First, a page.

Williams v. Wells Fargo Bank, N.A., [Ms. 2140890, Apr. 15, 2016] __ So. 3d __ (Ala. Civ. App. 2016). After a non-judicial foreclosure, an action for ejectment does not allow the mortgagor to raise defenses to the foreclosure that would render it only voidable. Among other defenses to the ejectment action, Williams asserted that Wells Fargo did not comply with HUD requirements for loss mitigation. However, those requirements made the foreclosure only voidable, not void, so she could not raise them as a defense to the ejectment action after the foreclosure. Ms. Williams also stated in an affidavit that Wells Fargo had misrepresented that it would not foreclose until she had been notified of the results of her loss mitigation application, but Wells Fargo responded that this alleged agreement violated the statute of frauds, and the Court of Civil Appeals agreed. The Court of Civil Appeals also rejects an argument that an error in the property description made the foreclosure void. The foreclosure description contained only a minor error and it correctly gave the street address of the property. Rejecting these and other arguments Ms. Williams raised on appeal, the Court of Civil Appeals affirms a summary judgment for Wells Fargo on its ejectment action. This is a plurality opinion by one judge with one judge concurring, two judges concurring in the result, and one judge recused.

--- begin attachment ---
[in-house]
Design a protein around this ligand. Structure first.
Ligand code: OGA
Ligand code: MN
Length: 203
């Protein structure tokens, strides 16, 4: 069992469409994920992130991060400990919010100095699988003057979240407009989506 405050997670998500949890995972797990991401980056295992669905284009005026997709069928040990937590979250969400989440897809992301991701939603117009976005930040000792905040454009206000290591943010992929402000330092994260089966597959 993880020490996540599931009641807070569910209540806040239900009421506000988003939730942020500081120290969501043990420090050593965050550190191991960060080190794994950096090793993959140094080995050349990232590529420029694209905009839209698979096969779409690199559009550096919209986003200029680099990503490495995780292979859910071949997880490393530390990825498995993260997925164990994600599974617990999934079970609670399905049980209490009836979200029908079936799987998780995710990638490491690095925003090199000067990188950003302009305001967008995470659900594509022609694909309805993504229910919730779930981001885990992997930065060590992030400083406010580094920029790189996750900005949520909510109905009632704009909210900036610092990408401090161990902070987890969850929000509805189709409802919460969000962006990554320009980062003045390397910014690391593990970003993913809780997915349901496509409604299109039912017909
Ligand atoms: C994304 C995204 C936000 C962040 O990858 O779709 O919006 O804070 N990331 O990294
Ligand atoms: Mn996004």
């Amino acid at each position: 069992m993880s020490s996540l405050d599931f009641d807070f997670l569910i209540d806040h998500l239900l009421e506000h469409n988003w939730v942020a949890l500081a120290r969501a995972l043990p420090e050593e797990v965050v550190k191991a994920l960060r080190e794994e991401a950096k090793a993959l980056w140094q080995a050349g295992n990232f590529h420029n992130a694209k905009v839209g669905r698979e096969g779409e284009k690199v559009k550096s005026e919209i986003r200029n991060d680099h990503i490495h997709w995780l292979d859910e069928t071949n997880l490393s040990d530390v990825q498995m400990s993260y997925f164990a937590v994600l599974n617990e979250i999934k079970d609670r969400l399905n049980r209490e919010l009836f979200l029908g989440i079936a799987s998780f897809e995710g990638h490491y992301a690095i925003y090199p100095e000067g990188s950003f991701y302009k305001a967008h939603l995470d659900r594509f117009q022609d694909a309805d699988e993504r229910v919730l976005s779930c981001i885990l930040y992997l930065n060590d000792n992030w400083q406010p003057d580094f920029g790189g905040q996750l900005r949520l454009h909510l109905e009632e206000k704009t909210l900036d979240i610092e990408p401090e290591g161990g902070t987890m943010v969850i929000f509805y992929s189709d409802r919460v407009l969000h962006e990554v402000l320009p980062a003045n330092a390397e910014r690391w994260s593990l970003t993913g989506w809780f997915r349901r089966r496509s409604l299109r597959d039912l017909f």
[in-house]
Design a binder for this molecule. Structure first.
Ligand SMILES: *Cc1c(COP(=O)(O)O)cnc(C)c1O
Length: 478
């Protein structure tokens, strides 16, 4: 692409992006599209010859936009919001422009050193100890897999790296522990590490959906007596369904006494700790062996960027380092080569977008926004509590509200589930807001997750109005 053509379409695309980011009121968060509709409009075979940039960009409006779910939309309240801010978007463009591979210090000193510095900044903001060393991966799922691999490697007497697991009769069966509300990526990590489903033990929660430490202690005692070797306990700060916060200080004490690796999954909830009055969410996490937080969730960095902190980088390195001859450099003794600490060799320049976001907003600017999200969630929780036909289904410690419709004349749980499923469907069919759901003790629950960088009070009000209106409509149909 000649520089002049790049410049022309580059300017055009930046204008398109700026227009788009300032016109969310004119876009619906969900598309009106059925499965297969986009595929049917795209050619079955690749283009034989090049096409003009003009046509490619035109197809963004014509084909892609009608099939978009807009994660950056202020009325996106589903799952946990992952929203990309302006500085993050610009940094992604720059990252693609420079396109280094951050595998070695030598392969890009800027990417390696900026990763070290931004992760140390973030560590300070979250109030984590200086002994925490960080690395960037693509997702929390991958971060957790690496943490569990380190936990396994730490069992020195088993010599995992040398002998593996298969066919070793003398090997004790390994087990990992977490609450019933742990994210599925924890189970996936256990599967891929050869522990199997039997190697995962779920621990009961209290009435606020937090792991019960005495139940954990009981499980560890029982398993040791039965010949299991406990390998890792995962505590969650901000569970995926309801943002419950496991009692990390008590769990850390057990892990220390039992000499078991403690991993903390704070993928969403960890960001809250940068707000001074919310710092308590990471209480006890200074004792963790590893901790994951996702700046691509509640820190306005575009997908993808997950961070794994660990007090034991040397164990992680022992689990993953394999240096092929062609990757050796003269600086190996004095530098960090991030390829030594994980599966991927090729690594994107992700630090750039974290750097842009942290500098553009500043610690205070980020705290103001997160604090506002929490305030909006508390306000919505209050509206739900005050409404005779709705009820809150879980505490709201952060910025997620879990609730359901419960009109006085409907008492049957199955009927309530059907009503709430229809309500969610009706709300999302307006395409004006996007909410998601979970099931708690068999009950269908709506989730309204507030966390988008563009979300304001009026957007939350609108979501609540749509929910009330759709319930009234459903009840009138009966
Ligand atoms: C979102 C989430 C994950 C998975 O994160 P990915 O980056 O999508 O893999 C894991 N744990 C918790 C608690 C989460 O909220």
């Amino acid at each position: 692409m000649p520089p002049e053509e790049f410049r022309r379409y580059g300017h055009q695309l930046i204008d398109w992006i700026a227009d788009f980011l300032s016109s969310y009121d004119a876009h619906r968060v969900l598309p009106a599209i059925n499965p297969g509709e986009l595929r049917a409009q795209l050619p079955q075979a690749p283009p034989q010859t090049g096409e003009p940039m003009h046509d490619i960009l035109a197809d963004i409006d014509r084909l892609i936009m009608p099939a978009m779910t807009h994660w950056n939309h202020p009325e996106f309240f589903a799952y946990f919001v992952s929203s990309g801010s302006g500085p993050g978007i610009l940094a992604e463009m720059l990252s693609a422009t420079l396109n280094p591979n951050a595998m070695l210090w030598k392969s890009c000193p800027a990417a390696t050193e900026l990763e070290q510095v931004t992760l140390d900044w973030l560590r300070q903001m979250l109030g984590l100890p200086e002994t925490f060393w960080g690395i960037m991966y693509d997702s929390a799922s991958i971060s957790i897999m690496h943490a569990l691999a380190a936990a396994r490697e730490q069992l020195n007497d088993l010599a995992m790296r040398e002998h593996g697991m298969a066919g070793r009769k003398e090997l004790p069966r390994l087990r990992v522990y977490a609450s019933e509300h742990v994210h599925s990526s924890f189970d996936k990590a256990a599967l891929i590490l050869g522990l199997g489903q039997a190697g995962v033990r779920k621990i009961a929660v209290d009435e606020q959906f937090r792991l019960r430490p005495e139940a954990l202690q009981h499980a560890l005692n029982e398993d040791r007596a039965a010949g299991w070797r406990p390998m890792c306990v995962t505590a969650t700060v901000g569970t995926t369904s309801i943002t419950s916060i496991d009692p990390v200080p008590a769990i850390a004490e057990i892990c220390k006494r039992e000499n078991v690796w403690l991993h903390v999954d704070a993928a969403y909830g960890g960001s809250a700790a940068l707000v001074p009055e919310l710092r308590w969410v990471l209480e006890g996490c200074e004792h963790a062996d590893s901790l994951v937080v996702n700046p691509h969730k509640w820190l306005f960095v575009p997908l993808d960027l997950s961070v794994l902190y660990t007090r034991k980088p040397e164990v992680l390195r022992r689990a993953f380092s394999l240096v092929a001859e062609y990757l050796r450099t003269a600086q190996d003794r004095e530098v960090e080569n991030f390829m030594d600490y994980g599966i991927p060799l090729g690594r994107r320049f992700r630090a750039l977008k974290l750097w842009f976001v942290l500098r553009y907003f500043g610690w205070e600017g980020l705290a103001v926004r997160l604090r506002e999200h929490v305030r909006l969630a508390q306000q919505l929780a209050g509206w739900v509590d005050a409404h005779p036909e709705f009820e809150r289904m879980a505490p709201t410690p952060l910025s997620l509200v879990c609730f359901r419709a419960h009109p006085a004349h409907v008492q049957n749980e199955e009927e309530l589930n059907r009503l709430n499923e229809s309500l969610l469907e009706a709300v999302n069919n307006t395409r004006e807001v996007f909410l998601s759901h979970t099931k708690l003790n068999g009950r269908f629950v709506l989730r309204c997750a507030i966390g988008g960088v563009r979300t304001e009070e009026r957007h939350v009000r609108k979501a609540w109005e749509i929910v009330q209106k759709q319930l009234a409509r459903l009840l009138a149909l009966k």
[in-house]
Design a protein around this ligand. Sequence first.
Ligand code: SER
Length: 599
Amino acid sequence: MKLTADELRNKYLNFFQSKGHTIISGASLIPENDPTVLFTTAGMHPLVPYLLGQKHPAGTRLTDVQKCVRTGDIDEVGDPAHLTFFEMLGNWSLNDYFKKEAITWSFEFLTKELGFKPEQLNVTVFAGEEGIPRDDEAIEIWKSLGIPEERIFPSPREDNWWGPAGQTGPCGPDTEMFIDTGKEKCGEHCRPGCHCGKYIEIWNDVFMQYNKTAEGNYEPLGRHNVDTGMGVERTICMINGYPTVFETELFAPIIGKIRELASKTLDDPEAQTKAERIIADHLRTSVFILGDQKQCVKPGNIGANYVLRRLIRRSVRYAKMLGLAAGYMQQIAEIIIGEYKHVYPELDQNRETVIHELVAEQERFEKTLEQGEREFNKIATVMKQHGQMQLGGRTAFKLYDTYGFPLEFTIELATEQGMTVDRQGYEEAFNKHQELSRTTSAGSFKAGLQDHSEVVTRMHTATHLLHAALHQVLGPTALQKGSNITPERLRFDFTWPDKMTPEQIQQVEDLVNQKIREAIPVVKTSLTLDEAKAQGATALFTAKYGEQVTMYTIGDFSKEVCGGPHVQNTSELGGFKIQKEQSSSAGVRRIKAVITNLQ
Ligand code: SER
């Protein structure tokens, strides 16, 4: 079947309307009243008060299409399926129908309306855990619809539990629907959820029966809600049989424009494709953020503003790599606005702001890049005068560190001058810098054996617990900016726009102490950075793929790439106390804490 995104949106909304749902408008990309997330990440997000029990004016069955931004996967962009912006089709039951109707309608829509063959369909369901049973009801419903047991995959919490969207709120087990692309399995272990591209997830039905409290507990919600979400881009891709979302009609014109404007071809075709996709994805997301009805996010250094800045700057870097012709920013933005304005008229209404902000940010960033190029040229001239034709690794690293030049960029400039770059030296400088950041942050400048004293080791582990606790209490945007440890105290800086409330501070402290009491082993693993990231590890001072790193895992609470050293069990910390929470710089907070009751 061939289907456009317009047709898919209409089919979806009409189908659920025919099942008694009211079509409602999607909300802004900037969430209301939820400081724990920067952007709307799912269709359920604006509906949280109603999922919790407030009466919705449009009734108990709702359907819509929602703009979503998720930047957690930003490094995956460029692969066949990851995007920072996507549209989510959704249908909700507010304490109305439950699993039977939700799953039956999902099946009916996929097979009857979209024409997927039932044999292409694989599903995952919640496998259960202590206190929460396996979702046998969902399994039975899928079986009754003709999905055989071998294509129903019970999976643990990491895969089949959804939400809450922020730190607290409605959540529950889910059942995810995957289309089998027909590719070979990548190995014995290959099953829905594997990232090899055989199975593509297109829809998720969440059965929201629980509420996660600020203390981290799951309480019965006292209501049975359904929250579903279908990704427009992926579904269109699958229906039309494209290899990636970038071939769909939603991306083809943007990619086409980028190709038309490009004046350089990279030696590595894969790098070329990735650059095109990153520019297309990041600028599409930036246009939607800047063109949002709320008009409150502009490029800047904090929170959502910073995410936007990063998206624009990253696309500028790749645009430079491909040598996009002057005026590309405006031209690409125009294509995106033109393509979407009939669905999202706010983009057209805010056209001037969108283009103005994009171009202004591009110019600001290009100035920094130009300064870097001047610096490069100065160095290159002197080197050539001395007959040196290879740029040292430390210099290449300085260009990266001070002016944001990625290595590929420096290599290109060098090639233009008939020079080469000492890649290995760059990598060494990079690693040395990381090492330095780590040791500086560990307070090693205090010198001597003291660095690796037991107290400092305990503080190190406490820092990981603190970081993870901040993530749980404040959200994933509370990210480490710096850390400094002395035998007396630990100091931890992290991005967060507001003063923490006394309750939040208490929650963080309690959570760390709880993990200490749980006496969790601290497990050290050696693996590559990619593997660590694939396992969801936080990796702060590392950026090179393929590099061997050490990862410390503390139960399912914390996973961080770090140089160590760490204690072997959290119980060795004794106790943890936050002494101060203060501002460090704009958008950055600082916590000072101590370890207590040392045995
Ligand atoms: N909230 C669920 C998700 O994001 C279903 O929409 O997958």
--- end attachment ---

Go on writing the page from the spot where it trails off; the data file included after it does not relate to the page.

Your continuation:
Related Documents: Williams v Wells Fargo Bank 4-15-16

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